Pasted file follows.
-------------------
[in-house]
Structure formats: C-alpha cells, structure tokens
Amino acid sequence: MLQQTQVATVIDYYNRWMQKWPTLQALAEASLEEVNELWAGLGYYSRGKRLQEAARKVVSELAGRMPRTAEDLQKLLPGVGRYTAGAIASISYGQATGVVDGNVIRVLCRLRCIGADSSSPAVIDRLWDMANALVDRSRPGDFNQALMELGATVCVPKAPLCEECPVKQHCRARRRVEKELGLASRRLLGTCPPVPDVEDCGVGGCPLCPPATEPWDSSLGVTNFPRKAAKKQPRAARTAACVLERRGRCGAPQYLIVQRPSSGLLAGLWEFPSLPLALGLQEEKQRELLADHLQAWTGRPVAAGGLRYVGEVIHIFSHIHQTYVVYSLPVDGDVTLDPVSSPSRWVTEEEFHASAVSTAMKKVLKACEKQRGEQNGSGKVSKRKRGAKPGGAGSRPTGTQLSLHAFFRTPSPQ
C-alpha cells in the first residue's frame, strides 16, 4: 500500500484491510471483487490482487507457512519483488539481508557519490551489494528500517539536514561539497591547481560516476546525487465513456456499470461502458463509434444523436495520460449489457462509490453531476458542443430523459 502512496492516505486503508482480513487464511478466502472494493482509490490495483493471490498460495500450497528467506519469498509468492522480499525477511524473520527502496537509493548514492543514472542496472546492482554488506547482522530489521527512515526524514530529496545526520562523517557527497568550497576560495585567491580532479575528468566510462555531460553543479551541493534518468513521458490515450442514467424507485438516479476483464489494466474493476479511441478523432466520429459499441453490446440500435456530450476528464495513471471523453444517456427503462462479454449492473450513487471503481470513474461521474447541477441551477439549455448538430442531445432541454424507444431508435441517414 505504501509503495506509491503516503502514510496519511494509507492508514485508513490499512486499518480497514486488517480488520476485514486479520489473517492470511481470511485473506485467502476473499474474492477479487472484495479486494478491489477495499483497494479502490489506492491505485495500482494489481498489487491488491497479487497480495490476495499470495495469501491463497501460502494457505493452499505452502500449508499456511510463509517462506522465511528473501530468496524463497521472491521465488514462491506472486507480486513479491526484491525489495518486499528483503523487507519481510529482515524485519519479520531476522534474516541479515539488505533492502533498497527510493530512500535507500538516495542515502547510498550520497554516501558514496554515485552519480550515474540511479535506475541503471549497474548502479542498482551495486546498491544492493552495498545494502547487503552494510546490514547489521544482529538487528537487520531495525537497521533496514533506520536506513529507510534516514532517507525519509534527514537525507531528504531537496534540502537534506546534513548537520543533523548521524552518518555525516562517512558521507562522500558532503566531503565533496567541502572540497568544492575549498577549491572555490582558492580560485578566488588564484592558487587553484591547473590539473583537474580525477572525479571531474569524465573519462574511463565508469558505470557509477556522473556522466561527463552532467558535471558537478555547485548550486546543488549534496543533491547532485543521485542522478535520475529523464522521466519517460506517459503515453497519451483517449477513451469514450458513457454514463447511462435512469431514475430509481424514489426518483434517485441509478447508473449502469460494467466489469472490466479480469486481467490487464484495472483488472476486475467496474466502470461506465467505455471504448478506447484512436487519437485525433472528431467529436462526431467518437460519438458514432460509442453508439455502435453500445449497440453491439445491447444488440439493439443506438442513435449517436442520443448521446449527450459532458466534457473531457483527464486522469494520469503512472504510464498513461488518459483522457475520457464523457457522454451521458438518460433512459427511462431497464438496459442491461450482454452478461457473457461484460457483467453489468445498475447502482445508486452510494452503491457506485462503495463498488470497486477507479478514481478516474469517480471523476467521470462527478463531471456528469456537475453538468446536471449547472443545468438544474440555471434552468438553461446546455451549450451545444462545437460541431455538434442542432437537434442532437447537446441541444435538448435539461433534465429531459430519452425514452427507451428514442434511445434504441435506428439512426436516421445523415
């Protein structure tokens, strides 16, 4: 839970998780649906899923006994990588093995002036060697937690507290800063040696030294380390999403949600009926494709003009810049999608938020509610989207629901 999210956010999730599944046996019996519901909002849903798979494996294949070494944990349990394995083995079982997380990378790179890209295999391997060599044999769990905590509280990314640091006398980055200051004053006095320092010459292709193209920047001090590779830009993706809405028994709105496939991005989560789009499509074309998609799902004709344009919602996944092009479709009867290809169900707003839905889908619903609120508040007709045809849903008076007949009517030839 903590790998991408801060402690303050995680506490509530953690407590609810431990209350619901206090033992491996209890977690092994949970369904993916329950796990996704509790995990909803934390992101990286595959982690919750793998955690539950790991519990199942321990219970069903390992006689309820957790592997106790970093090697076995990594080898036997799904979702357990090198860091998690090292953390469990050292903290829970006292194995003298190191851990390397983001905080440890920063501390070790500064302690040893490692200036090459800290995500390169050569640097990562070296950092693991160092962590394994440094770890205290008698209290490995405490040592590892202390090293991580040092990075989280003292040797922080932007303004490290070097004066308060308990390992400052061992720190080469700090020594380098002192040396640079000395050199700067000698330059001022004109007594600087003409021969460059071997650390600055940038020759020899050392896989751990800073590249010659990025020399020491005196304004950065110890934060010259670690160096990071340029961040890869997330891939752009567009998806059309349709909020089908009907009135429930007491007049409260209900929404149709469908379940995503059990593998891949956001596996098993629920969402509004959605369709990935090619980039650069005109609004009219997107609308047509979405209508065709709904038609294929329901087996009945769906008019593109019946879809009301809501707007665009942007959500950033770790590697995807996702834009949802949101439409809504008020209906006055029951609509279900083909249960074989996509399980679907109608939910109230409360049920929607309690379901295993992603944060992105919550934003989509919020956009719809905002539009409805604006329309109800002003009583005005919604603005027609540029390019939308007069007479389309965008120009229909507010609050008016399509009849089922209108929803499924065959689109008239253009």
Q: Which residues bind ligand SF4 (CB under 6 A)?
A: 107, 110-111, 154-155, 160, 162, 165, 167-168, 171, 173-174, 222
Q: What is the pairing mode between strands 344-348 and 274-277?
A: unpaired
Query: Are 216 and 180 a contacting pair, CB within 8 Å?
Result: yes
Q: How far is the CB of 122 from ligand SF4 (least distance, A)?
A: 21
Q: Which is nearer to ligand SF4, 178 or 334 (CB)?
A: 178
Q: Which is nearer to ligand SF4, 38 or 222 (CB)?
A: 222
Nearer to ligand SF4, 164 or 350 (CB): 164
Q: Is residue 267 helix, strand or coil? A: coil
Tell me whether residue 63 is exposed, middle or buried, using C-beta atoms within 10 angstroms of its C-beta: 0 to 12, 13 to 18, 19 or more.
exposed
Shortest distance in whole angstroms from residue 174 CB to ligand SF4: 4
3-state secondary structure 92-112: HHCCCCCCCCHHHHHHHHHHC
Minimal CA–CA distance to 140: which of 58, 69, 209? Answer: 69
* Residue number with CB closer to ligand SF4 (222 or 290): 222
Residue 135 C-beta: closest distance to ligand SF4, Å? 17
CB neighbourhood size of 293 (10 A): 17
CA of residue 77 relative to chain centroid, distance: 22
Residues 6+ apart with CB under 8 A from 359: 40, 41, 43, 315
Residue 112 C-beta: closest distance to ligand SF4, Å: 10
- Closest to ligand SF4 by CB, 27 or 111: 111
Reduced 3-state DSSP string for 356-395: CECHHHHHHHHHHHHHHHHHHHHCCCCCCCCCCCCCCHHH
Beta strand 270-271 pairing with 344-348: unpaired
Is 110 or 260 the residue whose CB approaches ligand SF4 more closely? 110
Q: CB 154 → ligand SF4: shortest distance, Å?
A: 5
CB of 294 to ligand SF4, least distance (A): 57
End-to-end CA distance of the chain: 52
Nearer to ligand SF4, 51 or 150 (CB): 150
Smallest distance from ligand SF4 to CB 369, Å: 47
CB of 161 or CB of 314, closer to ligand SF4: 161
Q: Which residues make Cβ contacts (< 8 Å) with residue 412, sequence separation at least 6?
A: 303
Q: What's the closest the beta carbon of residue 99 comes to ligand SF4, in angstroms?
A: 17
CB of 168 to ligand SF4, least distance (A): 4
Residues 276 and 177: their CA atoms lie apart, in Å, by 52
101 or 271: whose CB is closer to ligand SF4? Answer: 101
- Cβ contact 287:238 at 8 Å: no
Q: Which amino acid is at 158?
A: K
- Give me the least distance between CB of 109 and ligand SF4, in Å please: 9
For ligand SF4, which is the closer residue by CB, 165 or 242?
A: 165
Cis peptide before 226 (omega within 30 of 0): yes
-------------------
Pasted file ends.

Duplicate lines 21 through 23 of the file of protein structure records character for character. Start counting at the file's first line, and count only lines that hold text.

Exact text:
exposed
Shortest distance in whole angstroms from residue 174 CB to ligand SF4: 4
3-state secondary structure 92-112: HHCCCCCCCCHHHHHHHHHHC